You need to report a car accident to North Dakota police if there is a death or injury involved, or if property damage exceeds $4,000. 
If the accident occurs on a public highway, contact the North Dakota State Highway Patrol or county sheriff. If you're involved in an accident in a municipality, contact the local police department. If you’re involved in an accident with an undomesticated animal, and there is minimal damage to your vehicle, you don’t have to call the police.

What if you’re at fault?

If you’re involved in an accident in North Dakota and are at fault, the consequences will be severe. As a modified
comparative negligence law state
, you’ll be financially responsible for your portion of the other driver’s damages if you are deemed 50% or more negligent for the accident. If you don’t have insurance, the not-at-fault driver can file a lawsuit against you to recover these damages. 
Aside from that, driving without car insurance in North Dakota is a class B misdemeanor, and carries mandatory fines between $150 to $5,000 (depending on whether this is your first or subsequent offense), up to 30 days in jail, and a $50 license reinstatement fee. You’ll also be required to
file an SR-22 form
with the state to prove financial responsibility before you’re allowed to drive again.
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What if you’re hit by an uninsured driver in North Dakota?

In North Dakota, all drivers are required to carry a minimum amount of uninsured/underinsured bodily injury (UMBI) coverage—UMBI covers your medical costs if you are insured and if you’re injured in an accident caused by an uninsured or underinsured driver. You’re required to use this coverage first before pursuing an uninsured at-fault driver in court for any medical damages.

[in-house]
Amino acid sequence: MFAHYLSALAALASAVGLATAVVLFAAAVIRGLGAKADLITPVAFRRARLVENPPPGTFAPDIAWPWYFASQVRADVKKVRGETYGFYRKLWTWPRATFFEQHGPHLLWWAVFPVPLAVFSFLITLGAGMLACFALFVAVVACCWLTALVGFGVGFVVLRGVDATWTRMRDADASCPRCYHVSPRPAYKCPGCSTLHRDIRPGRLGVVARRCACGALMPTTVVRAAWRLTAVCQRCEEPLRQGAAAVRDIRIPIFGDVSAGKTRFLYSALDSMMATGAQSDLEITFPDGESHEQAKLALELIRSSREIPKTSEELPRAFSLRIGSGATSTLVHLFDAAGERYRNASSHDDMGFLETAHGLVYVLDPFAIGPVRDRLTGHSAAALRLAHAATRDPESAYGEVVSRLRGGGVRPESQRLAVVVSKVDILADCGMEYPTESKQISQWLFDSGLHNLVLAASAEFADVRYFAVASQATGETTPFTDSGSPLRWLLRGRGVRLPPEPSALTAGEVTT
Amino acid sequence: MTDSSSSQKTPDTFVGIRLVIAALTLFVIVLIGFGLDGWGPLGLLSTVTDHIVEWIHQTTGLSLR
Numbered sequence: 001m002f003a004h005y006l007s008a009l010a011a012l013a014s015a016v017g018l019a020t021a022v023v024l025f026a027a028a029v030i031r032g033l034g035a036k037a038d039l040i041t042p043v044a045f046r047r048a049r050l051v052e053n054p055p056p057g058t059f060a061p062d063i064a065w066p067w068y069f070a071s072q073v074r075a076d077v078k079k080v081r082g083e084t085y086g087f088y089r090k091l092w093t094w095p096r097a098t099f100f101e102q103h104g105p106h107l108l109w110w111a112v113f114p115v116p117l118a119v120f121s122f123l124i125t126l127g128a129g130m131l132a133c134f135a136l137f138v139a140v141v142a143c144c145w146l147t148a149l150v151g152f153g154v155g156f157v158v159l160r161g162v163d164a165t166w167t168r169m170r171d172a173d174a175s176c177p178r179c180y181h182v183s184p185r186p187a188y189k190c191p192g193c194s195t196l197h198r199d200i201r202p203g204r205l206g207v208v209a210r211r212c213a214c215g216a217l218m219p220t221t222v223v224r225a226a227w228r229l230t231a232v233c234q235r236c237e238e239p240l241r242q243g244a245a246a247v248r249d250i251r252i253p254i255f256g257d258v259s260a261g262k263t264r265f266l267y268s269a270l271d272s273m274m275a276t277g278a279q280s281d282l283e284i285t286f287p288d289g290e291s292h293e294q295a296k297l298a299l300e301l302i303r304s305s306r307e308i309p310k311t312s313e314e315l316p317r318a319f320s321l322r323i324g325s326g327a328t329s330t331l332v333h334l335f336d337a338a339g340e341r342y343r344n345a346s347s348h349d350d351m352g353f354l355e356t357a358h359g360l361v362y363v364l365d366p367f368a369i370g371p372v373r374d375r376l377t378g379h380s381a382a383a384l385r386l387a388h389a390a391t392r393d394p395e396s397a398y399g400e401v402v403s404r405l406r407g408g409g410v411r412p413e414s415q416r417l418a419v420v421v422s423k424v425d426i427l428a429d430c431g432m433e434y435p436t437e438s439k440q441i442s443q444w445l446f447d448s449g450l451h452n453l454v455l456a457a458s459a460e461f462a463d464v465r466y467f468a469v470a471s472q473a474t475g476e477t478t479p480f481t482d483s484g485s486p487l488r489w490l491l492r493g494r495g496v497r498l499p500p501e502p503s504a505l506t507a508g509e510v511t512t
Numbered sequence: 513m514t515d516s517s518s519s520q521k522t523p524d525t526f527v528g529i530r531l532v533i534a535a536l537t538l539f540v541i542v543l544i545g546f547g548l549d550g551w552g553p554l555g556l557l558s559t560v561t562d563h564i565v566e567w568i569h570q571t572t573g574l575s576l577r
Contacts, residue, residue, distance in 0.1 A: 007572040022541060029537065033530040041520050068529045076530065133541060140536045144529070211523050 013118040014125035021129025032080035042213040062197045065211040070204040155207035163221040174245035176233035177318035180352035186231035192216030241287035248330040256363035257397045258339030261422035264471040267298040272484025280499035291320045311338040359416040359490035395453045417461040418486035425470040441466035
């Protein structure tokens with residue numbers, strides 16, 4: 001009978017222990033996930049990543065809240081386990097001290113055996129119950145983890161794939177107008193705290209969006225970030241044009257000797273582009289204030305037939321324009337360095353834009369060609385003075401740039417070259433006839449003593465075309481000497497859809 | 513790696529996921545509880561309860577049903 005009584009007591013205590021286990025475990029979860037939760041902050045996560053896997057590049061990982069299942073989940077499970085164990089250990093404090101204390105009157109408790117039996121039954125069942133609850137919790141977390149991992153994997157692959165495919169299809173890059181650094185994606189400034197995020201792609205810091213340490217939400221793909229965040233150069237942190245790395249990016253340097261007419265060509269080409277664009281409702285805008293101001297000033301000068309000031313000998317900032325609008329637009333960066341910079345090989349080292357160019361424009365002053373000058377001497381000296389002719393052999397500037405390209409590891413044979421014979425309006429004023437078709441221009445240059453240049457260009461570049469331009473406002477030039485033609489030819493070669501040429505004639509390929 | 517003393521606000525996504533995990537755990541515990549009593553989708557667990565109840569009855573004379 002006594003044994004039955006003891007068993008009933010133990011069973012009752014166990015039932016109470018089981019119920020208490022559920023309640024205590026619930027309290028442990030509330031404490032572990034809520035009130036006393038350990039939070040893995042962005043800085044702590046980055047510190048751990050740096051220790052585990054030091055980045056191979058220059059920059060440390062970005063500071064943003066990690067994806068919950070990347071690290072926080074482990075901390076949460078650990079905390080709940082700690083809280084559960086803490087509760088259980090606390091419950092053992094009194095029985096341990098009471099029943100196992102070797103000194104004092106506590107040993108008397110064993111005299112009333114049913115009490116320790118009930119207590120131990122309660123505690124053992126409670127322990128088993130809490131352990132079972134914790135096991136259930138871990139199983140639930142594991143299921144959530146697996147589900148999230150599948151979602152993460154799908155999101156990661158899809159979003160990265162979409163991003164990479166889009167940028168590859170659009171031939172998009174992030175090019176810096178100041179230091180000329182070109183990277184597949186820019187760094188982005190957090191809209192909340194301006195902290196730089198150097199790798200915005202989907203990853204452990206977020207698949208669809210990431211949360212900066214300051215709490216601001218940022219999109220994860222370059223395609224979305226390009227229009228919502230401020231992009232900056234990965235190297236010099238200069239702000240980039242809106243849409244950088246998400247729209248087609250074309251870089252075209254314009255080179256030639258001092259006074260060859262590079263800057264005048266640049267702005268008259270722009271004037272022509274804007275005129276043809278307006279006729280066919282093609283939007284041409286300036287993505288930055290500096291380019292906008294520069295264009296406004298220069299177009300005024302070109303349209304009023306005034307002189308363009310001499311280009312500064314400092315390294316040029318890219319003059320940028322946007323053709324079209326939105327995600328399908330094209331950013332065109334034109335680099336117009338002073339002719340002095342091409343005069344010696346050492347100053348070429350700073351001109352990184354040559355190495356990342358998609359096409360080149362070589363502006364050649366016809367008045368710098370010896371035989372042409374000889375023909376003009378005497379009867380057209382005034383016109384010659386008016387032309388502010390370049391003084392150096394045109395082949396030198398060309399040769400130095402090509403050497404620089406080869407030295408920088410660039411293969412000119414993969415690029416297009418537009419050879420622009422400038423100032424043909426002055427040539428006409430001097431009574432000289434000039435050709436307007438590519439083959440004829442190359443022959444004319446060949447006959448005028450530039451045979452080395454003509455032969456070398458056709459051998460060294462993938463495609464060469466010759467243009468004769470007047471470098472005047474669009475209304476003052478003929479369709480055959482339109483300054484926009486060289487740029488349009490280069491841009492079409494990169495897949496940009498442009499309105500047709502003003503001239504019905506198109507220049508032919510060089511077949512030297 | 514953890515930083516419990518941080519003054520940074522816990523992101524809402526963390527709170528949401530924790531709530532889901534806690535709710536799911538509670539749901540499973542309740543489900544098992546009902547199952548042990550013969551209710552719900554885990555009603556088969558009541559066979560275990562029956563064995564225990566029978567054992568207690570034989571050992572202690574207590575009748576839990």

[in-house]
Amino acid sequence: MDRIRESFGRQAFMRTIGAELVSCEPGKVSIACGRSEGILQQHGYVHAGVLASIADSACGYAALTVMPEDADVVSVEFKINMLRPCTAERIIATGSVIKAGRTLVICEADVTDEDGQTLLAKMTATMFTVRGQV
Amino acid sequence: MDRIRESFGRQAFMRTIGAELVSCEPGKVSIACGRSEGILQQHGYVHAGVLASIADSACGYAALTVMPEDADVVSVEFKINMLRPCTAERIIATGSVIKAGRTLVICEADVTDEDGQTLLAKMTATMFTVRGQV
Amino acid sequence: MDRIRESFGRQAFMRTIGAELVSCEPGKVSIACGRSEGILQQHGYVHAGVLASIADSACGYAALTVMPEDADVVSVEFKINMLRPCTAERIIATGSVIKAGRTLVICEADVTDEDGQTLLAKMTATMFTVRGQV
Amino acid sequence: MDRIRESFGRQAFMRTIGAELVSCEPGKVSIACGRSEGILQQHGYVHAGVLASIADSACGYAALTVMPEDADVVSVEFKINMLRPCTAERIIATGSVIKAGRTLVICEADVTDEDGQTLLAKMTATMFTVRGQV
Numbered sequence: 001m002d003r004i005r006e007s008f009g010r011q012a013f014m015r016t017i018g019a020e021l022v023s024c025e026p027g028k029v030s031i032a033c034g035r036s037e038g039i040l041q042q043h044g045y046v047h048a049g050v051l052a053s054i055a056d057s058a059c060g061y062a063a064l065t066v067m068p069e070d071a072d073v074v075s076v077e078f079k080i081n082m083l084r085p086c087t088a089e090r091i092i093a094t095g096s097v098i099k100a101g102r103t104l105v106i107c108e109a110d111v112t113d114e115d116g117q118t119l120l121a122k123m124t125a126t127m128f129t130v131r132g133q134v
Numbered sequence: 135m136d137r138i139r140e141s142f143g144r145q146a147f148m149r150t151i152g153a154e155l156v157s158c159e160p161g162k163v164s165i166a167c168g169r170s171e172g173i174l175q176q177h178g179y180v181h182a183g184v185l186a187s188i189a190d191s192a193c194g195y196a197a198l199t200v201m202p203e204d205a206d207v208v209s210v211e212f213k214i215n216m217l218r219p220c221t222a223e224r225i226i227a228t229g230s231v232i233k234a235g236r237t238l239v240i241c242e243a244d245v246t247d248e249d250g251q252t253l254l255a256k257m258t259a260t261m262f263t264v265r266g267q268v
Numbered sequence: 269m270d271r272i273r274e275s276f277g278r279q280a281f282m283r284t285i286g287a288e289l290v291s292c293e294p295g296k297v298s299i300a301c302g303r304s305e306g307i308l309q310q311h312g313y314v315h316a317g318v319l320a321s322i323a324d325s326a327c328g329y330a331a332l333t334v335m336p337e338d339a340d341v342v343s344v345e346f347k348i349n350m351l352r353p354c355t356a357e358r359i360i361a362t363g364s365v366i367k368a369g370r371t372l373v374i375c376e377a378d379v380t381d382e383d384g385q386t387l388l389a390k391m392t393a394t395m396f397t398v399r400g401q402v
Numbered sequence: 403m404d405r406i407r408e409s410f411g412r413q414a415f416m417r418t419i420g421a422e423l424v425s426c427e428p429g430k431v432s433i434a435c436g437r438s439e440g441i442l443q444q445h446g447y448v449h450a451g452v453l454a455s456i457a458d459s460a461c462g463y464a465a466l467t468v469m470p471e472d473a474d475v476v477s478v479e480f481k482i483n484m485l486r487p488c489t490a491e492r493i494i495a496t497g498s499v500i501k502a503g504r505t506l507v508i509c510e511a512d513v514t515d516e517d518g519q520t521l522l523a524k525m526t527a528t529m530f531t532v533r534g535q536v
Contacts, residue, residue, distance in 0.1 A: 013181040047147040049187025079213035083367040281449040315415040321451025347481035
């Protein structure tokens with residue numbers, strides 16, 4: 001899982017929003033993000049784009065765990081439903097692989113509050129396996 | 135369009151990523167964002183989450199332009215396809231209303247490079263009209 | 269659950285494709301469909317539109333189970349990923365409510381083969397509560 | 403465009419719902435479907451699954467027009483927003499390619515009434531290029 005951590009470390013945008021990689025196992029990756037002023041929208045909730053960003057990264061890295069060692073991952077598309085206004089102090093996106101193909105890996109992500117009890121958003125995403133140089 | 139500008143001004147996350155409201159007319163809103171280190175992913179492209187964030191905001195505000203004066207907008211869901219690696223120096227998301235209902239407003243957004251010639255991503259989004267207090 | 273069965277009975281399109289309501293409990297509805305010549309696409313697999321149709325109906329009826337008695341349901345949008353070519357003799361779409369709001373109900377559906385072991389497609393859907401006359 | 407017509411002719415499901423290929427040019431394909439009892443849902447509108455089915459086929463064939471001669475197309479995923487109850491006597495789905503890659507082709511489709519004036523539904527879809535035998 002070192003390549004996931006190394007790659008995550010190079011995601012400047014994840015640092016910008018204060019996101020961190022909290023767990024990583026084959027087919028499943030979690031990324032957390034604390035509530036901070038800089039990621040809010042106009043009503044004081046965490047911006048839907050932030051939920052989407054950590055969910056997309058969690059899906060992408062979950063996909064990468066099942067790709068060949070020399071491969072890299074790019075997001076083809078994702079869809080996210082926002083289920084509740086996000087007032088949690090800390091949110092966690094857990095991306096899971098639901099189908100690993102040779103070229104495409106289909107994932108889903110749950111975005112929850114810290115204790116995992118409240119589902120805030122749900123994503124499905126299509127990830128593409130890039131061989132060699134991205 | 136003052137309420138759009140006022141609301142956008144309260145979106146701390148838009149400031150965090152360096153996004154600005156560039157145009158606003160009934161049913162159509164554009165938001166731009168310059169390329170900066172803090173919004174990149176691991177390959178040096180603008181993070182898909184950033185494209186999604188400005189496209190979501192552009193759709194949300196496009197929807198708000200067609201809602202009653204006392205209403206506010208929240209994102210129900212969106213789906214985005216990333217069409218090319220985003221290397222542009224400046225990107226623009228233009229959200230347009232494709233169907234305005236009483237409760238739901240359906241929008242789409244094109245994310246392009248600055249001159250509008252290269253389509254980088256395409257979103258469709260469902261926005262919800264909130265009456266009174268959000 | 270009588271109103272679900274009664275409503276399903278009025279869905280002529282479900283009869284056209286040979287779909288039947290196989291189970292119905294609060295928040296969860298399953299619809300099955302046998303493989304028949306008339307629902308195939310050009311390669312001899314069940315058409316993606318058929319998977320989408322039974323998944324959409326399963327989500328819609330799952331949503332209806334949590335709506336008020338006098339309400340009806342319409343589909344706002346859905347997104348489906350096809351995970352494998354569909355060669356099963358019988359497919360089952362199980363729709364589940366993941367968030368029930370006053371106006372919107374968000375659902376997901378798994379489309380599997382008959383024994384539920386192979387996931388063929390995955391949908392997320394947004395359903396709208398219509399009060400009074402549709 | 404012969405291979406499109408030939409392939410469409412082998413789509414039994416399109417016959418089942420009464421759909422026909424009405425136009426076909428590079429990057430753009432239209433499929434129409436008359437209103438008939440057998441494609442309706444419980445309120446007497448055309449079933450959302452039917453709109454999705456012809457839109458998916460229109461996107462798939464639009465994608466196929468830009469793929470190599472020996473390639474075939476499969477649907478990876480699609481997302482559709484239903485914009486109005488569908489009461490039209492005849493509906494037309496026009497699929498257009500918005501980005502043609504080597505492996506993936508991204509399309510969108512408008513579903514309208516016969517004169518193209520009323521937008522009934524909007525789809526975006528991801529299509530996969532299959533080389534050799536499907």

North Dakota does not require drivers to carry uninsured motorist property damage (UMPD) coverage, but insurers must offer it. If a policyholder has UMPD, this coverage pays for vehicle damage (up to your policy limit) caused in an accident by an uninsured or underinsured driver. You can use
collision insurance
to cover the cost of any vehicle repairs needed after an accident caused by an uninsured or underinsured driver.

Minimum required car insurance in North Dakota

So, how much insurance are you required to carry in North Dakota? Here are the minimum requirements you’ll need to satisfy to get behind the wheel in the Peace Garden State:
  • $25,000 of
    bodily injury liability
    per person 
  • $50,000 of bodily injury liability per accident 
  • $25,000 of
    property damage liability
    per accident 
  • $25,000 of uninsured motorist bodily injury per person
  • $50,000 of uninsured motorist bodily injury per accident
  • $30,000 personal injury protection (PIP)
Of course, these minimums are just that—minimums. Most experts recommend buying significantly more insurance than the minimums, to the tune of $100,000 per person and $300,000 per accident for bodily injury coverage, and $100,000 for property damage liability. Not only will these bigger amounts protect you from most accident circumstances, but they are also affordable to add to your policy.
Even though North Dakota does not require drivers to carry collision or comprehensive insurance, doing so is almost always a good idea.
Comprehensive coverage
protects your vehicle in case it is damaged due to extreme weather or animal damage, which can occur without warning in North Dakota.

Driving without insurance can increase premiums

While it may be financially tempting to drive without insurance, if you’re
caught driving without insurance
, this can significantly increase your future premium. Any accidents or violations will drive up your insurance rate, and that rate will remain high for as long as there are points on your driving record.